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Joe Root: 'We need to put some pride back in the badge'

England captain commits to leading side in final two Tests despite Ashes loss

Andrew Miller
Andrew Miller
Joe Root says that he will not be considering his position as Test captain until the end of England's tour of Australia, and instead pledged to "put some pride back into the badge" in the final two matches at Sydney and Hobart, after a humiliating conclusion to the decisive third Test at Melbourne.
England's Ashes challenge ended with their third defeat inside 12 days of action, in little more than an hour's play at the MCG, as Australia's debutant quick Scott Boland finished with figures of 6 for 7 in four overs to rout England for 68 - their 13th score of 200 or less in 29 completed Test innings in 2021.
England's innings-and-14-run defeat was their ninth of the calendar year, equalling a record set by Bangladesh in 2003, while two more scores of 0 on the final morning earned the team a share of another unwanted record, as they finished with 54 ducks for the year, equal with the England side of 1998.
Root once again top-scored for England with 28 on the final morning, to finish 2021 with 1708 runs at 61.00 - the third-highest tally in a single year, behind Mohammad Yousuf (1788 in 2006) and Viv Richards (1710 in 1976). However, no one else in the side managed more than Rory Burns' haul of 530, and even Extras (412) contributed more than the third-most prolific batter in the squad, Jonny Bairstow (391).
"Everyone in that dressing room is gutted," Root said after the match. "That's not a good enough performance. We all know that. We need to put some pride back into the badge and make sure we come away from this tour with something. It's as simple as that."
Despite the speed of England's demise on the third morning, Root insisted that all had not been lost when play resumed with England on a sickly 31 for 4, in the wake of a pulsating new-ball burst from Australia's quicks on Monday evening. "You turn up today and you walk out with Ben Stokes and you feel like anything's possible," Root said. "We're bitterly disappointed to find ourselves in this position."
Stokes, however, fell in the fifth over of the morning, bowled by Mitchell Starc for 11, whereupon Boland added to his two wickets in his solitary over on the second evening to claim four more in his next 15 balls. Cameron Green then applied the finishing touch by bowling James Anderson for 2 to condemn England to their 12th defeat in their last 13 Tests in Australia.
Root himself has played in 11 of those losses, and acknowledged that the standards of England's domestic red-ball cricket were not currently good enough to prepare county batters for the challenge of competing on equal terms in Australian conditions, let alone elsewhere in the world.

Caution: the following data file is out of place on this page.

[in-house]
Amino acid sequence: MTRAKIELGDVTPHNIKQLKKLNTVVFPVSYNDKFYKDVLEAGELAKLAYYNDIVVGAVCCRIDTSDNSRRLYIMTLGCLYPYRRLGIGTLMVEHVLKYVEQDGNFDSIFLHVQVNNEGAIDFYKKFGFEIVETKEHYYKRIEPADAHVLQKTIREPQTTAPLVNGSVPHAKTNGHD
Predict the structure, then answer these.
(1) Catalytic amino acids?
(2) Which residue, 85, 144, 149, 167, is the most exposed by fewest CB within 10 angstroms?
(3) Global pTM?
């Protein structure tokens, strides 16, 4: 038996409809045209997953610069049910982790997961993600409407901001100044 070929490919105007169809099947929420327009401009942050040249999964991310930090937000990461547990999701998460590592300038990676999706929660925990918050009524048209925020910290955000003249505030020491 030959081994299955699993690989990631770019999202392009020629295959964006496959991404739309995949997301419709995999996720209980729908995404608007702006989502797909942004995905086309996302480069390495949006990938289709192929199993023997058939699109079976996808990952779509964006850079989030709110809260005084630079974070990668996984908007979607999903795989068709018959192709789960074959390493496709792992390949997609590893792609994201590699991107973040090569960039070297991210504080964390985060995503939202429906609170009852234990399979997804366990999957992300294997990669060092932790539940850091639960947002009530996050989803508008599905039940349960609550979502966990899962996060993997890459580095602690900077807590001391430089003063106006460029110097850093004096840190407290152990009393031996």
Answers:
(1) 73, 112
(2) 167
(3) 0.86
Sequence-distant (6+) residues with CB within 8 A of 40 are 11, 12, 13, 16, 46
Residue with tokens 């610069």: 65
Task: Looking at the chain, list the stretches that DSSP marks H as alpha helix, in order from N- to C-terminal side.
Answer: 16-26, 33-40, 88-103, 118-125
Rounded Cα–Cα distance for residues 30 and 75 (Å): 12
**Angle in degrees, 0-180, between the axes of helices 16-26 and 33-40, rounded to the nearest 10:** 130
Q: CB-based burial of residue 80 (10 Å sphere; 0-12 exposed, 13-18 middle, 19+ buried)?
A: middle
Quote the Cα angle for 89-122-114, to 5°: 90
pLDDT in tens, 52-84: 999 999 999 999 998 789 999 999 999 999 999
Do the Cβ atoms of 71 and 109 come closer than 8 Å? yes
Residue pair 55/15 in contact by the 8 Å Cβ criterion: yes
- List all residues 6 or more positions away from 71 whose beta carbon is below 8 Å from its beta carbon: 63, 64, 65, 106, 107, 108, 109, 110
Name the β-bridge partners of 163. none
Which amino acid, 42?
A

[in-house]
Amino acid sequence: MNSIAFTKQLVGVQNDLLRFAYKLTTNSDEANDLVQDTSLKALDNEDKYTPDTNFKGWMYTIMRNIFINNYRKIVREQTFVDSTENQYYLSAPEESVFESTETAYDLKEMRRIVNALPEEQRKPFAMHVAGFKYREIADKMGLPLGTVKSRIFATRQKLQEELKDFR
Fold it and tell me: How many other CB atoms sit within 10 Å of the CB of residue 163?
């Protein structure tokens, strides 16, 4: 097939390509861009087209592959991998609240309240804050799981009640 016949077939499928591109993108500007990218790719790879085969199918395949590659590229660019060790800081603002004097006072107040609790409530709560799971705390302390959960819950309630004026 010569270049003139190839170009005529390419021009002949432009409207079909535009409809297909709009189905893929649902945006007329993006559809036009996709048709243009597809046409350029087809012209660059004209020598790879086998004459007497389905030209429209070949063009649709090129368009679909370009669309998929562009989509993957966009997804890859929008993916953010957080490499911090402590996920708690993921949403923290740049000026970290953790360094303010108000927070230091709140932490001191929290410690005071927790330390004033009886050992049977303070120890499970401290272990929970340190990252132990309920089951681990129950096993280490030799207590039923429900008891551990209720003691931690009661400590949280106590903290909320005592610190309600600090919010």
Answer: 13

"I'd say that the best 18 players from the county game are definitely on this tour," Root said. "There's some very talented players within this squad and we have to find ways of upskilling ourselves and each other, and managing pressure points within the game better.
"Unfortunately, where the game is at in our country right now, the only place you can really learn that is in the hardest environment," he added. "For what is quite a young batting group, they're having to learn out here. The environment that they're coming from, it's not readying them well enough for Test cricket.
"It's a very difficult place, with everything that surrounds Test matches and the different conditions and environments. If you're not ready going into it, it makes it very difficult to improve in that environment."
As a member of the England team that was humiliated at the 2015 World Cup, also in Australia, Root acknowledged that this defeat may well need to be viewed in a similar light, given that England's group-stage exit from that campaign was the single biggest factor in the ECB's subsequent white-ball focus that culminated in their 2019 victory.
"You look back at 2015 and the reset that happened in white-ball cricket, maybe that's something that needs to be had in our red-ball game as well," Root said. "But that is a long conversation that I should probably have with you guys another time.
"More than anything, we have to stay very mentally resilient," he added. "Just keep working very hard at our games, keep looking at ways to get better. And we have to make sure that when we get our opportunities to get ahead of the game, we take them.
"It's bitterly disappointing to be 3-0 down but there are still two Test matches to go. We have to try and make sure we come away from this tour with a couple of wins."
In leading England for the 59th time in this Test, Root drew level with his predecessor, Alastair Cook, as England's most-capped captain. But his 24th defeat is two more than Cook oversaw, and though he also holds the record for victories as England captain (27), he is also the first man to oversee two losing tours of Australia in more than 100 years.
However, when asked if he felt the time had come to hand over the leadership to someone else - potentially his deputy Ben Stokes - Root insisted that with the series not yet over, it would be "wrong to look past that".
"As a player, you talk about the next hour, or the next session, or the very next ball and managing that to the best of your abilities," he said. "That applies to me as well, as captain of this team.
"I'm in the middle of a very important series. My energy has to be all about trying to win the next game. I can't be selfish and start thinking about myself.
"That's a big part of captaincy. You've got to ready the players, and try to instil that belief in every single one of your team and your squad. More than ever now, going into the last two games."

Andrew Miller is UK editor of ESPNcricinfo. @miller_cricket